I’ve written before about five ways to enhance your interview skills, but there is one vital thing missing: how to dress for a legal interview.
Figures from Classes and Careers show that 67% of employers said clothes could be the deciding factor between two candidates. As such, your interview attire is quite important.
You need to make the employers trust that you will look professional for the clients. This is important because people won’t trust that you will perform well at a job if you dress like you don’t care.
To make sure that you don’t get the boot because of your style, this article will provide you with a little guide into how to dress for it.
If you have ever done mooting or negotiation competitions, you might have heard this tip before. For legal settings you should dress somewhat on the conservative side.
The figures previously mentioned also noted that bright colours are a ‘turn-off’ for employers. You should therefore stick to safe colours, like navy and black.
You can sometimes spot law students walking across campus as they are the only ones that are wearing suits. This might be because they are either going to networking events or taking part in competitions. This should be your go-to outfit for a legal interview.
According to Classes and Careers, traditional formal interview dress is the most likely to impress employers, whereas ‘fashionable and trendy’ dress is undesirable. Formal instead of casual is therefore the way to go!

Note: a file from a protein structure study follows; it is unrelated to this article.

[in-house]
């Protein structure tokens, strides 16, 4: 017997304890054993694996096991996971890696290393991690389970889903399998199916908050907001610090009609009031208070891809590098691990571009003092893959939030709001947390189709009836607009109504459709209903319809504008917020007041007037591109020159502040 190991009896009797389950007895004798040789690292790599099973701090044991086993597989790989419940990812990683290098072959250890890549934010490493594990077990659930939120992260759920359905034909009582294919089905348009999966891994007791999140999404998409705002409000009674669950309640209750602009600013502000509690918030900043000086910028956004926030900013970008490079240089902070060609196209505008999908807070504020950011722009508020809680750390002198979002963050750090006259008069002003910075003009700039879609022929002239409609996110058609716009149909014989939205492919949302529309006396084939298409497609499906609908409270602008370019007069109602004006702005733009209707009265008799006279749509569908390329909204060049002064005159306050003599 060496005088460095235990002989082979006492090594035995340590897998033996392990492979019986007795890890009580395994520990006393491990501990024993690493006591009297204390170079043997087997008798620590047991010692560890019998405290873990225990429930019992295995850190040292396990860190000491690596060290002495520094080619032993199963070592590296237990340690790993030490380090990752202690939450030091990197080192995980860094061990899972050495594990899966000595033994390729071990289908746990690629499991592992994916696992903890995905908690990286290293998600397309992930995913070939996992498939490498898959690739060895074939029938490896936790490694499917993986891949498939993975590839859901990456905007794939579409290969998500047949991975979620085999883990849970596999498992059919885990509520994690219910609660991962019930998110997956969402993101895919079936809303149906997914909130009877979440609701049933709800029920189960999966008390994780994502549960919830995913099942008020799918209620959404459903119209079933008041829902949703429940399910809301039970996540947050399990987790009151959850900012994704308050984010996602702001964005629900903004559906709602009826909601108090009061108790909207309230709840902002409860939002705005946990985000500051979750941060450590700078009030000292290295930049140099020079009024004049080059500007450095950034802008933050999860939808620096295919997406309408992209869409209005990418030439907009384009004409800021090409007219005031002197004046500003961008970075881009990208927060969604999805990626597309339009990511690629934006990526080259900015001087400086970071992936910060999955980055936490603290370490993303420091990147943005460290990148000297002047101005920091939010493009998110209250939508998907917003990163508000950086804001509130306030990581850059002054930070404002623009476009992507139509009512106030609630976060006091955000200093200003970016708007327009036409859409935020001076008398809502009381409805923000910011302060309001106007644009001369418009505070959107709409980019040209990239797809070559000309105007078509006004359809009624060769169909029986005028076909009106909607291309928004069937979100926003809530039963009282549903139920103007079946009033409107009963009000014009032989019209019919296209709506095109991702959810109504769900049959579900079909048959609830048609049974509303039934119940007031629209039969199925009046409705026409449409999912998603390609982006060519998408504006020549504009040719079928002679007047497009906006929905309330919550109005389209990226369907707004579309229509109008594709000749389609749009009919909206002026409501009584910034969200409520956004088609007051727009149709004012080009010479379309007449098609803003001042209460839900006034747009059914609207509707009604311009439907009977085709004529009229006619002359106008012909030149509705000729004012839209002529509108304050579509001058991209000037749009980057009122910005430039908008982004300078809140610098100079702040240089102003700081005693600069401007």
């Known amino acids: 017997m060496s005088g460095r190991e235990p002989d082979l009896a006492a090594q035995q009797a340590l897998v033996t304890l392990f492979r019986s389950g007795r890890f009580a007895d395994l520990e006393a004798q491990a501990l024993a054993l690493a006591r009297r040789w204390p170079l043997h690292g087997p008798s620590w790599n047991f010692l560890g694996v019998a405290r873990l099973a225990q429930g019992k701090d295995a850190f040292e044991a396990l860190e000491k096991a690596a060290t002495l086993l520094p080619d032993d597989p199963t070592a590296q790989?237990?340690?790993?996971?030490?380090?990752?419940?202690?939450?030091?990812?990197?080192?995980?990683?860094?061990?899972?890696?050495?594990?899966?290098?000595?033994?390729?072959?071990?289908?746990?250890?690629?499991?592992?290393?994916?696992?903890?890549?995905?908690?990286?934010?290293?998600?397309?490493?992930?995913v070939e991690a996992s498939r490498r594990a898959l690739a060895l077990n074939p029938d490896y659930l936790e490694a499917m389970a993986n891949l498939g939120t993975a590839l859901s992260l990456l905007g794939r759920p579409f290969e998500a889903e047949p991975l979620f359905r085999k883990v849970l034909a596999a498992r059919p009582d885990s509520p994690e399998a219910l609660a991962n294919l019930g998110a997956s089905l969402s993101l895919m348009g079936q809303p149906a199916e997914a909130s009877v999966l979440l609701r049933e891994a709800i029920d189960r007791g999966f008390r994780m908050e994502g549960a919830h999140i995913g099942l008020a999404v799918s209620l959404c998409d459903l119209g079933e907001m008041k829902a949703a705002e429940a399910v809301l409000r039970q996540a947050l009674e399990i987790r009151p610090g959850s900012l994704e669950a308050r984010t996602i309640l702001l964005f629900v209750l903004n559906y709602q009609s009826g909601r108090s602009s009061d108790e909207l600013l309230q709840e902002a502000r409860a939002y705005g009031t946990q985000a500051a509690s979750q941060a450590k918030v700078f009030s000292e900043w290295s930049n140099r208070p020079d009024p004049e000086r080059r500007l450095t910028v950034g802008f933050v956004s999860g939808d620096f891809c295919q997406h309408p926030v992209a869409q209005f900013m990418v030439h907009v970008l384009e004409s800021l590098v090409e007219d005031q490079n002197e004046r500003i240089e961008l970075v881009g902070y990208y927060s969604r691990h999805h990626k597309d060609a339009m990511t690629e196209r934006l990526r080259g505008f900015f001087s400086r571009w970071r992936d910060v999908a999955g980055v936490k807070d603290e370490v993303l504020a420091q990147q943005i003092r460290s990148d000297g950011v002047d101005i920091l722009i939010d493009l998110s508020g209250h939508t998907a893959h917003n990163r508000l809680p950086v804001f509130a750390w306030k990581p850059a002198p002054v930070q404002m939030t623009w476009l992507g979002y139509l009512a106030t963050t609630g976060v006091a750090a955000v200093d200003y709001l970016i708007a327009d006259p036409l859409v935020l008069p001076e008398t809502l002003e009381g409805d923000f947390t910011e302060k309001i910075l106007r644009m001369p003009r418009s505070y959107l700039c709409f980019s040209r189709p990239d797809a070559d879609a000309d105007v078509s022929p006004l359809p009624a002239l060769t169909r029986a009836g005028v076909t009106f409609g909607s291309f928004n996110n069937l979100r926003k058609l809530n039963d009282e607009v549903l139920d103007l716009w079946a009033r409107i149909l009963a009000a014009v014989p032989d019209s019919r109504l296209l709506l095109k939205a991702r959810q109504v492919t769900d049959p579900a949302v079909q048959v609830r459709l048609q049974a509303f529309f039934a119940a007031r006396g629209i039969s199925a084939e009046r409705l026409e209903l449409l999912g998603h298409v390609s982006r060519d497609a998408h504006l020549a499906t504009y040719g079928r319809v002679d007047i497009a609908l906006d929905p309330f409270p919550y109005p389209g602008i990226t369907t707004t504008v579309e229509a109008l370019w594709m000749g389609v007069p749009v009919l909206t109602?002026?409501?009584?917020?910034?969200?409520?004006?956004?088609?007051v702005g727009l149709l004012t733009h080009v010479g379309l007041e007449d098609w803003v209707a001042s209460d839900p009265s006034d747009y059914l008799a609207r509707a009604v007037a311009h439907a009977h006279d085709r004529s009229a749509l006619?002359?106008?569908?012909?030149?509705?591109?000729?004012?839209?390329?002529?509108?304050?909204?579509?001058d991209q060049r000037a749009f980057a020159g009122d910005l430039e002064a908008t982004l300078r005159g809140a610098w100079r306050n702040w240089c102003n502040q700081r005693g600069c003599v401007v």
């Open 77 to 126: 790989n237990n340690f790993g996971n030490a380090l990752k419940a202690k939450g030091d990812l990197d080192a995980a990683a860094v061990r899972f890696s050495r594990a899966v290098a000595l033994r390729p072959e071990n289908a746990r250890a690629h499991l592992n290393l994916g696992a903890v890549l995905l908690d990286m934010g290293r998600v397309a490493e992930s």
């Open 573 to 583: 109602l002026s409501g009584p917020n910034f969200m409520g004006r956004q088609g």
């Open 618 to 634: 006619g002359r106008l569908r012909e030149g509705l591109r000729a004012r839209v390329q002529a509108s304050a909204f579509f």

Anyone can rock a full suit, but those who wish can also choose to wear a skirt instead. Think ‘professional’ when you are picking out your outfit and you’ll get there.
Sometimes you will be asked to wear smart casual dress. You might start to panic over what that means and how to balance smart and casual.
This means that you still have to wear clean and pressed clothing, but can put on a blazer and a polo shirt instead of a dress shirt and tie. Women can wear trousers or skirts with a top that covers the back and cleavage.
Do yourself a favour and please do not wear sportswear or anything see-through.
Watch out for those unbuttoned top buttons and tight dress shirts or you will be sending out the wrong signals!
According to Bain and Gray, 59% of interviewers found that stains and dirty marks were taken into consideration when deciding on a candidate.
Law firms will want to trust that you can represent them appropriately to clients. Forgetting to button parts of your shirt or clean the stains off will probably not send a message that you’re particularly organised to the client.
Some law firms are definitely more conservative than others, whilst some will prioritise being different over boring. However, this should be reflected in your answers and not your clothing.
Do not make the mistake of putting on bright red socks or a crazy tie just to stand out from the others that are being interviewed.
Put on a conservative suit and spice up the interview with your personality instead.
If your clothes look shabby, they’ll assume that your work will be shabby too. Make sure that your clothes are neither too tight or too loose.
While we’re talking about propriety, make sure you iron those shirts and skirts as well! You don’t want to walk into an interview looking like you rolled there.
The most important thing to remember is to think ‘professional’ and ‘tidy’, not ‘pretty’ and ‘creative’ when you are dressing for an interview.
That is why a suit should be your go-to outfit unless you are asked to wear something smart casual.
A well-fitted suit will incorporate all the positives: dark, conservative, smart, appropriate and most important of all – professional. So suit up for the interview and crush it!
This is formal and conservative wear.
Example: Full suit
This is generally neat yet casual attire.
Example: Blazer, white shirt, neat jeans, and brown shoes
This is a touch less dressy than smart casual wear.
Example: Collared shirt and jeans
Published: 14/02/18 Author: Kristin Klungtveit
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